Finger Organization Games for Kids
The best way to introduce fingering is to play finger organization games which teach kids to use the five fingers as a unit. Fingering is the process whereby a group of fingers are selected for a group of notes. It is one of the key organizing factors for a pianist, and is what makes playing quickly and fluidly possible. Young kids start out jabbing with the index finger, which I permit to get the process going.
Later, we need to broach the subject of grouping the fingers. Kids usually understand the idea of the fingers as a team, much like a basketball team. There are strong and stronger players and fingers. But treating the fingers as a group is difficult both physically and intellectually for kids. Many kids put up fierce resistance to grouping the fingers.
The Thumb Becomes The Leader, Not The Index
The three strongest fingers are the thumb, index and third. I concentrate on training those first. Thus all our energy is concentrated on getting the first three fingers to act as a group. I use comparisons such as legs walking, staircases, anything that will get them wiggling their fingers in a row.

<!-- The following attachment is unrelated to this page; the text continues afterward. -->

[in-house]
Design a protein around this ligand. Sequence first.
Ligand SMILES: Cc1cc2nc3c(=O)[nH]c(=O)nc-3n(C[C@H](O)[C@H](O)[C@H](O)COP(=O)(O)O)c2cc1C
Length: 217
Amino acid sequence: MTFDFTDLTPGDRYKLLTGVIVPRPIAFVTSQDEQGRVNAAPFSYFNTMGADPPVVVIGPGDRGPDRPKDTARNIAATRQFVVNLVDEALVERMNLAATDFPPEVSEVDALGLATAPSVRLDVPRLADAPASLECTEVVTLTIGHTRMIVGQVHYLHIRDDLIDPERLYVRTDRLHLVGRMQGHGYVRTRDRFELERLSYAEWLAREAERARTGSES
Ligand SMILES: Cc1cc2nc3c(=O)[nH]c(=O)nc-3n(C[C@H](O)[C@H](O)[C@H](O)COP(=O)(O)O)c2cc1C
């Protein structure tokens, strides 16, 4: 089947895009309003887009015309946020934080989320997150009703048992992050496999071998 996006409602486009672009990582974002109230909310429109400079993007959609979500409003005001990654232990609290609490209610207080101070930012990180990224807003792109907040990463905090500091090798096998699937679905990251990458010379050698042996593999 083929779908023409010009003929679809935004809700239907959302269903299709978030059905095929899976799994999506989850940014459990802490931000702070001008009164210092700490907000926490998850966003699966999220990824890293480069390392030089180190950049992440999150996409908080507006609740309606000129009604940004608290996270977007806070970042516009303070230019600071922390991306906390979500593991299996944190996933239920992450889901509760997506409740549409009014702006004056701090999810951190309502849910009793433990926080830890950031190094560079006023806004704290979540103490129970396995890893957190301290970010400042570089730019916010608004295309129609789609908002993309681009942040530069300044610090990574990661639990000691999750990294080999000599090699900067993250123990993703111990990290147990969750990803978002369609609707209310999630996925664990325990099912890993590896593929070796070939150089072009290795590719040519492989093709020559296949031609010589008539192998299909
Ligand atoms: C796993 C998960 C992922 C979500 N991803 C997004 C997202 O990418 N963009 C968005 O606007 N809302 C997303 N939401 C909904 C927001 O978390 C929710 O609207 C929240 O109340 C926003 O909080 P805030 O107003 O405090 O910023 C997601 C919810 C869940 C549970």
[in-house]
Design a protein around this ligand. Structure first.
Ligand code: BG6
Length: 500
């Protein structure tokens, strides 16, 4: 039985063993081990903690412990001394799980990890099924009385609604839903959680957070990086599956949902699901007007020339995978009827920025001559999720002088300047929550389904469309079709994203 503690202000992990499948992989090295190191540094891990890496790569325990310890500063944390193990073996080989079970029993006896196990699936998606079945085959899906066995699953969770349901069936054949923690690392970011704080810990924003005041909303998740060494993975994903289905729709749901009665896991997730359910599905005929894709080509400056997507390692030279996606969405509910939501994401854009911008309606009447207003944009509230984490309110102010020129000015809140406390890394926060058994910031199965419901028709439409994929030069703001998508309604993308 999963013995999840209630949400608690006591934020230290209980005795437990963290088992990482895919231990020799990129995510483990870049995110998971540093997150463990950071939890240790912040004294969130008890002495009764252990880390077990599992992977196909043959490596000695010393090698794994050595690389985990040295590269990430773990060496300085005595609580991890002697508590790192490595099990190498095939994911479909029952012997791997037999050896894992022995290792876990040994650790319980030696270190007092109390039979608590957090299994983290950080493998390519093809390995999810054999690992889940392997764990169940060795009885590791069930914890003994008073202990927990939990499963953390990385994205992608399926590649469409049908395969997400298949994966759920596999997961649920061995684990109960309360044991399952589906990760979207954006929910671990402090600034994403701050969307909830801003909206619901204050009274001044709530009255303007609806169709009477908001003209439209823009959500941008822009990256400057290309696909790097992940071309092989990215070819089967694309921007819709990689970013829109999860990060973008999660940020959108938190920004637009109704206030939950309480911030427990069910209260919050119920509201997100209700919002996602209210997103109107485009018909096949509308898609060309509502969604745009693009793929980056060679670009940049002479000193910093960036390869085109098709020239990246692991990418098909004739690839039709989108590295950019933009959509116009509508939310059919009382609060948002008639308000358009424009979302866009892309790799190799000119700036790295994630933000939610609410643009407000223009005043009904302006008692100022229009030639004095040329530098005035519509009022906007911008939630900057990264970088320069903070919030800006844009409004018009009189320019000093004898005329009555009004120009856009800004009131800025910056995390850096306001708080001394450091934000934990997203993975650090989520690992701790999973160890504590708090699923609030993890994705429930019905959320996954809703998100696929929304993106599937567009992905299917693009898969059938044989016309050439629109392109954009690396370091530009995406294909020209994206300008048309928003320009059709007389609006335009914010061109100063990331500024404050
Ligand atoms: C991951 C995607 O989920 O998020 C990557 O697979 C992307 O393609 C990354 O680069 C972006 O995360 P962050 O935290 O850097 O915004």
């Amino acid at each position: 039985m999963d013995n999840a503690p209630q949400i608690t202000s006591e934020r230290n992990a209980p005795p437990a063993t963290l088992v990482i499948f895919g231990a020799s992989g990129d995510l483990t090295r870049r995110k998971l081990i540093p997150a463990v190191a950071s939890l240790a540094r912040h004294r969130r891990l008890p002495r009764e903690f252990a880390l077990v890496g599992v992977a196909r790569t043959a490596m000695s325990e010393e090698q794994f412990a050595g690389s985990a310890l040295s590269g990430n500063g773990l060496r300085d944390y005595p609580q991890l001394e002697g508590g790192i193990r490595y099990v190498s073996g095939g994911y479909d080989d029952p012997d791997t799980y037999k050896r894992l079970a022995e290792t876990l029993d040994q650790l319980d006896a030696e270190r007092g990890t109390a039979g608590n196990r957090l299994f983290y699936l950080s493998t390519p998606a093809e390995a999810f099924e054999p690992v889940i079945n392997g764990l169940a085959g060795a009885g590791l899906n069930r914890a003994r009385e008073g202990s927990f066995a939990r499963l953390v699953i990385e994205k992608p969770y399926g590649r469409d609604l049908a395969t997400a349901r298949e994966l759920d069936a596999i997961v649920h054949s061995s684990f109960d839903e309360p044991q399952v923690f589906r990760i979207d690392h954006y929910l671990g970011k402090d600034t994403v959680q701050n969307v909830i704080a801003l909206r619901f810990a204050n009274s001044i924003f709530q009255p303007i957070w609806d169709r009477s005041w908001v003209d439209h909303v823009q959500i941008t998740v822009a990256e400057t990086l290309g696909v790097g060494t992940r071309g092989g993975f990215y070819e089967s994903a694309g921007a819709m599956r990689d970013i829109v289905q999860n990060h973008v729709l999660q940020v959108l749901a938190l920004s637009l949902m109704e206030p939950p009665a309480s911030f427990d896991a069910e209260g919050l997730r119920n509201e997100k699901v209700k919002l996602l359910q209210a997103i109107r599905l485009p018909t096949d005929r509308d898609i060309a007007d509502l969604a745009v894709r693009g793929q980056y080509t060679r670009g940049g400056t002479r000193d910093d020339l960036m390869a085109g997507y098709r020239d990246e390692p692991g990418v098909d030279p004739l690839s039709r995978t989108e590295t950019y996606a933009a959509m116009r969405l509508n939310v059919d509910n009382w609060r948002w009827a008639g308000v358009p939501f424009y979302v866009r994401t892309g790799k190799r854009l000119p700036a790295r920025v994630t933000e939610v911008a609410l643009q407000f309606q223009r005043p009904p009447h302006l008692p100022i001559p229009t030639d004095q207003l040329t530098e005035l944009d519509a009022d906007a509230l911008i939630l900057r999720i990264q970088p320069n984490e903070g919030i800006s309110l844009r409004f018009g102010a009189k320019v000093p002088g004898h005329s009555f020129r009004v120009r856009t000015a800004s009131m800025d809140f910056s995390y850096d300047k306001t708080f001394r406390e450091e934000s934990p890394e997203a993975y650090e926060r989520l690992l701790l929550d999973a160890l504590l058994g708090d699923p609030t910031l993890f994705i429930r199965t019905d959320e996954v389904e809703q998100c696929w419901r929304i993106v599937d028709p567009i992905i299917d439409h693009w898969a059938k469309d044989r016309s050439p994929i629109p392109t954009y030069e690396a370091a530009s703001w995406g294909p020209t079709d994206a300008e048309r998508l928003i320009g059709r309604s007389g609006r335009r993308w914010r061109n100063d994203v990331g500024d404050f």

Often they need guidance to start using the thumb as the first in the group. They are instinctively used to their index finger. But the thumb is strong, and all children have an easy time starting to use it as the primary finger in the hand group. The thumb is shorter than the other fingers and to a child it is rather strange and useless.
You may have to literally take their fingers and move them like a puppet to get the idea across, and I often do this, as all children respond when you gently push the fingers in the proper way so they feel the muscle from the inside. Show, rather than tell. If they don’t understand the hand position required for the thumb, move their fingers into position.
Play Fingers In The Abstract, Off The Piano
I also have them play the fingers as a group outside of the piano keyboard, on a book, any flat surface. This is to defuse the complexity of the keyboard and show them that the fingers are really involved in a simple pattern. I also use the game of having them hold their fingers in the correct position and I push the fingers down in the correct order, once again giving them a physical idea of what the passage requires in terms of finger movement.
The younger the child, the less usable are the fourth and fifth fingers. I don’t insist on them, and allow them to trail along as best they can unless the music requires them. The problem is always that kids are barely able to lift the last two fingers, due to weakness. We as humans do not use these fingers much anyway, unless it is as a group with the other fingers.
Look at your fingers as you grab for a doorknob or pencil and you will see that the dominant fingers are the first three, thumb index and third.
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